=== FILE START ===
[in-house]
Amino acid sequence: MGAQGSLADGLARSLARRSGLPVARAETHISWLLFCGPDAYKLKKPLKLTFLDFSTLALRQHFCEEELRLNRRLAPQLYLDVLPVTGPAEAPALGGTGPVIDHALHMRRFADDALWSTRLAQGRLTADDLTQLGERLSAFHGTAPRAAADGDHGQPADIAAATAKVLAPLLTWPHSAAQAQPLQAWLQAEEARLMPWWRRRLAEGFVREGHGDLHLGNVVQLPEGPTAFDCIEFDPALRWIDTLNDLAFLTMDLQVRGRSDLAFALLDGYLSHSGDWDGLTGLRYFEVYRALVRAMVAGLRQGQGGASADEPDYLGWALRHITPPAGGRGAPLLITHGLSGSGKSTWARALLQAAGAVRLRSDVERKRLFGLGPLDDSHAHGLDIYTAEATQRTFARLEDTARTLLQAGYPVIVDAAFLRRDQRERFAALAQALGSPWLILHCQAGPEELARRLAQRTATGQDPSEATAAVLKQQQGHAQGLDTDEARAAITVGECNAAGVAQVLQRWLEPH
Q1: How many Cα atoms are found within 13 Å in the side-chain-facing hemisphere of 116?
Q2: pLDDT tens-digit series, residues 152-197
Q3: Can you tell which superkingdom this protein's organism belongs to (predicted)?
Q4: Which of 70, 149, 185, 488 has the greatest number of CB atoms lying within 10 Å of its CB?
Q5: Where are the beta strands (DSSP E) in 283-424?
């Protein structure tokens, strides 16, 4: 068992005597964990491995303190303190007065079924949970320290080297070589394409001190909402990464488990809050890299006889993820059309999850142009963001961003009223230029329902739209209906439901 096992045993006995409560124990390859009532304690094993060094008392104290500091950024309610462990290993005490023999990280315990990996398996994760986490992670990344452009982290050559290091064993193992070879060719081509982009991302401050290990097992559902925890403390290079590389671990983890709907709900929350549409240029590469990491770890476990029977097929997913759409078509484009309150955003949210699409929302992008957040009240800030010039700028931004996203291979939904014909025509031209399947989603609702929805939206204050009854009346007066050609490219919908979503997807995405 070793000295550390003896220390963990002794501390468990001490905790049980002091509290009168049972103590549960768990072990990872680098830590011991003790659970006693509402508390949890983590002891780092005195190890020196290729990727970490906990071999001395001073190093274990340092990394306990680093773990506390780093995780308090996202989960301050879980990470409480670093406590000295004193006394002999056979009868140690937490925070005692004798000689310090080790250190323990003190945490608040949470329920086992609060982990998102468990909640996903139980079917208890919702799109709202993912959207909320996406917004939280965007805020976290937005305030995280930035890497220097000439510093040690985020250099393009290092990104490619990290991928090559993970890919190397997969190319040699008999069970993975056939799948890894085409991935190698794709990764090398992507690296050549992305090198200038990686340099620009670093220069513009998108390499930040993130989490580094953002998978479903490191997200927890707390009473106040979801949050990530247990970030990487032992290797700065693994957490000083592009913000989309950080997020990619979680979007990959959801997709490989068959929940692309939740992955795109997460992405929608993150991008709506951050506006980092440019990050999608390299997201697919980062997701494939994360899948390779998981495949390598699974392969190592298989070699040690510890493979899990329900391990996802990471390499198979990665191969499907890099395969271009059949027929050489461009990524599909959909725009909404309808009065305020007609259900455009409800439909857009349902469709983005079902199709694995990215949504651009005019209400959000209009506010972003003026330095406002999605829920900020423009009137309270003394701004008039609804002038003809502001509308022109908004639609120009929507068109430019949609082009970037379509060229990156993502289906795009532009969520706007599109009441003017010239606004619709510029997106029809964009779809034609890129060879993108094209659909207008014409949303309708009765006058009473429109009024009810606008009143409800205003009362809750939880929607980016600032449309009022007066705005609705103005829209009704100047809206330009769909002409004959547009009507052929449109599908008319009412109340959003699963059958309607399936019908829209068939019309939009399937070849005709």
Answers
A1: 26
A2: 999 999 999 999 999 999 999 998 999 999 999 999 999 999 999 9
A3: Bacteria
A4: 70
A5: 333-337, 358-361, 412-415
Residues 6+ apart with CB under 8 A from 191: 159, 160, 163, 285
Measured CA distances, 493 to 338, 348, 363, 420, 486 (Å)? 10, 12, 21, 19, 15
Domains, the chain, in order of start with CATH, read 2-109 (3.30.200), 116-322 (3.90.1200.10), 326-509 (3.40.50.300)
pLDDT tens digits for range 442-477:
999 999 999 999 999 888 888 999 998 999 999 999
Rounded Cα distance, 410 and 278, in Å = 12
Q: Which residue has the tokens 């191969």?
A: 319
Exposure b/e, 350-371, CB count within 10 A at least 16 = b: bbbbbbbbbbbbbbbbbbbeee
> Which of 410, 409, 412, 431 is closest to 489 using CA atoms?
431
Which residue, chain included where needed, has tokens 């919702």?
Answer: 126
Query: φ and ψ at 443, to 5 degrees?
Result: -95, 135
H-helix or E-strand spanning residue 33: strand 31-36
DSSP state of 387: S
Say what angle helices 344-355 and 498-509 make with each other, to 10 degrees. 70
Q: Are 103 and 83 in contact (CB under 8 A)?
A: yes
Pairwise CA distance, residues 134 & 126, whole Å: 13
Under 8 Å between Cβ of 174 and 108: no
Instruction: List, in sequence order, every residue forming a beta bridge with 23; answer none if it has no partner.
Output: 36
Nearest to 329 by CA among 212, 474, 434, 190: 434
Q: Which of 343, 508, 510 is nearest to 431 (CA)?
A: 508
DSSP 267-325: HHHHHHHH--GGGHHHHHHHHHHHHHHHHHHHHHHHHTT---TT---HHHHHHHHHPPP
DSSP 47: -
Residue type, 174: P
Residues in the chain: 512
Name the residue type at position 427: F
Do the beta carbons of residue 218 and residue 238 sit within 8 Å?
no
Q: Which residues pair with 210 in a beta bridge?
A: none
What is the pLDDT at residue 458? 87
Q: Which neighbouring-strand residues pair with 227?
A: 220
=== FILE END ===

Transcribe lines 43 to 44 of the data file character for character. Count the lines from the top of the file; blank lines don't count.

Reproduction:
DSSP 47: -
Residue type, 174: P